In the Southern Hemisphere, point the 12 mark towards the sun instead.
If you only have a digital watch you can still use it in the same way. You have to estimate where the hour hand will be. Use 12, 3, 6, and 9 o-clock angles to guide you to the other hours, and smaller increments for half/quarter hours.
Note: Your watch must be set to the time zone you are in. So if you were flying internationally and have no idea where you are, this may be a problem. Also, make sure your watch isn’t set to daylight savings.
Navigating by the stars is more accurate than doing it by the sun.
Finding the North Star Polaris
By locating the North Star, you can draw an imaginary line from it to a landmark back on earth. With this, you can steer north.
Finding a landmark in the open sea is difficult, but do your best. You can even use another star lower to the horizon.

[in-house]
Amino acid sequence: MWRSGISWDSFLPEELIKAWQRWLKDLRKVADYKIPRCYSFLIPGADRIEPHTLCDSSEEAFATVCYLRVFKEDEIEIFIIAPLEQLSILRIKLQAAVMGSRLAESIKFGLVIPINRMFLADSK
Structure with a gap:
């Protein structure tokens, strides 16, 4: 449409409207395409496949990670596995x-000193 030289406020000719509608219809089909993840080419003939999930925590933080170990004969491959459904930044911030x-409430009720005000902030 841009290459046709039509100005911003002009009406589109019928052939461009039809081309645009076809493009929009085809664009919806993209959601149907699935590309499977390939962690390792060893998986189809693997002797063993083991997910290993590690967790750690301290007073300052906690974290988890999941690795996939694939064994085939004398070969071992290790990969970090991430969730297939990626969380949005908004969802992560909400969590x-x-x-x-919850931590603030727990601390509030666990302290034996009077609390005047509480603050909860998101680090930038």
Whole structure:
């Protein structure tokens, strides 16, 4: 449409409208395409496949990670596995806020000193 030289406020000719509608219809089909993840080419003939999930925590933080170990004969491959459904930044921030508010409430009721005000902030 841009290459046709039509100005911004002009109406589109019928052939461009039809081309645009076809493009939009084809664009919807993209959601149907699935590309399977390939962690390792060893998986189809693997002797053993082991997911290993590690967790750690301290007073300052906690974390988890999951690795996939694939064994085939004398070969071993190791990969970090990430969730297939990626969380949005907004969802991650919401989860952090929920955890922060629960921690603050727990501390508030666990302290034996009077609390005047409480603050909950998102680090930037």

The North Star is NOT the brightest star in the sky. The reason it is good for navigation is because it does not move. To help you find the North Star you can use two other constellations. The Big Dipper and Cassiopeia. Cassiopeia is like an upside down “W”.
Follow the ‘ladle’ of the big dipper up about 5x its length. This is about halfway to Cassiopeia. The bright star you see in this area is the North Star.
Navigating by the Southern Cross
In the Southern Hemisphere, you can use the Southern Cross to find South. The Southern Cross constellation is 5 stars, and the 4 brightest stars make a cross that is angled to one side.
Imagine a line 5 times the distance between the two stars that make up the long axis of the cross. Now imagine a line from this point to a landmark on “the ground”.
This gives true south. True north will be behind you as you are looking at the point.
Finding Direction with the Moon